The Proof Is In The Math
At the time I got my current 15 year mortgage, almost exactly four years ago, I actually almost got another 30. Why is that? Well I was reading all the “standard” advice:
- How you shouldn’t get a 15 year mortgage because it’s not flexible.
- If you have a job loss, you still have to make those higher payments.
- With rates so low, at 3.5%, you can easily arbitrage the mortgage and earn more in the market
- You can always get a 30 and pay it like a 15 if you want to
The initial reason I didn’t get another 30 year is because of the way my mortgage company, who I’ll call Fake Account Inc., dragged their feet doing the refinance. So I went with my local bank instead, and decided to get a 15 year after seeing the payment.
You see, originally I went into the refinance with the idea to lower our monthly payment significantly. With a current mortgage at 5.375% and rates now at 3.5%, my payment would drop by hundreds of dollars per month. But looking at the numbers my bank ran, the 15 year payment was actually just about the same as my current 30 year mortgage. So my monthly payment wouldn’t go down, but I would have the home paid off by 48-at the latest. Under the 30 year, I would be in my early 60’s by the time the mortgage was gone.
So what did the math look like? Feast your eyes on my amazing Excel:
|15 Year||30 Year||Comments|
|Interest Rate||2.75%||3.50%||30 year is 0.75% higher|
|Monthly Payment||$1,730||$1,145||15 year payment is $585 higher per month BUT…|
|Portion of 1st payment to principal||$1,146||$401||…the amount of the 15 year mortgage going to principal is $745 more than the 30 year. Heck, it’s more than the entire monthly payment on the 30 year!|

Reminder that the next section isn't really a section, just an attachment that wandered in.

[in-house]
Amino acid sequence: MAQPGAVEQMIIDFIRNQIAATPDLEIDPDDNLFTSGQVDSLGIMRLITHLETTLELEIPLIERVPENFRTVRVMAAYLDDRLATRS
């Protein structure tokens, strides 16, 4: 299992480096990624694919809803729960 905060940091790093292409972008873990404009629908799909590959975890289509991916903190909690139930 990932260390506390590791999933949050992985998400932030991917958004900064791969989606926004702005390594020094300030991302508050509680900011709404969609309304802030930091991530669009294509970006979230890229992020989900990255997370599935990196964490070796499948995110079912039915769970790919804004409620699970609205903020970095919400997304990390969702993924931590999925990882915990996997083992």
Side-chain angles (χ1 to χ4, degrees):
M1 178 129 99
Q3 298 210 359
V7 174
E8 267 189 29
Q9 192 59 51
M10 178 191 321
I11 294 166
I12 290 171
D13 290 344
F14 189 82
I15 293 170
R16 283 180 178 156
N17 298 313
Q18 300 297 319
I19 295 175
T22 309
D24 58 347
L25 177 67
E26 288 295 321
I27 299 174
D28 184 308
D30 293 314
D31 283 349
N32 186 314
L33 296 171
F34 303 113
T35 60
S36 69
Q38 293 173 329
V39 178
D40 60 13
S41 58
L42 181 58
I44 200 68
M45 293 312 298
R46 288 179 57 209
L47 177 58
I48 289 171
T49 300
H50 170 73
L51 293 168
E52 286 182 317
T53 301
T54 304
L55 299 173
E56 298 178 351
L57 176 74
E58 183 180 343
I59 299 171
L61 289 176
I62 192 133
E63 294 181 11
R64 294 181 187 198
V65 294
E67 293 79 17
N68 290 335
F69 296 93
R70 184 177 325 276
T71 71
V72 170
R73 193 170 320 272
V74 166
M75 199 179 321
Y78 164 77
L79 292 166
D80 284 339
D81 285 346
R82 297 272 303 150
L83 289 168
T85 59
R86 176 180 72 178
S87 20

|Portion of 48th payment to principal||$1,279||$462||The amount of the 15 year mortgage going to principal is now $817 more than the 30 year. It’s gone up by $133 per month over the years, while the 30 year has only gone up $61|
|Starting balance||$255k||$255k||Both started with the same balance|
|Current balance (4 years in)||$196k||$234k||After four years, the 15 year mortgage balance is almost $40k lower than the 30|
|Balance at 15 years||$0.00||$160k||After 15 years, the 30 year still has a balance of almost $160k. The 15 is paid off|
Of course, the mortgage balance is only half of the math you need to consider – I’ll cover the so-called flexibility of “getting a 30 and paying it like a 15”, and the opportunity cost of a 15, in a later post. But for us, it was a great option. Our payment stayed the same and the mortgage would be gone by the time I was 48 at the latest. Even now, four years later, I don’t regret picking the 15 over the 30.
How About You?
Do you have a mortgage term under 30 years – and if so, what do you think about it? Or do you have biggest mortgage at the longest term you can find, to try and arbitrage the mortgage rate? Perhaps somewhere in between? Let me know in the comments!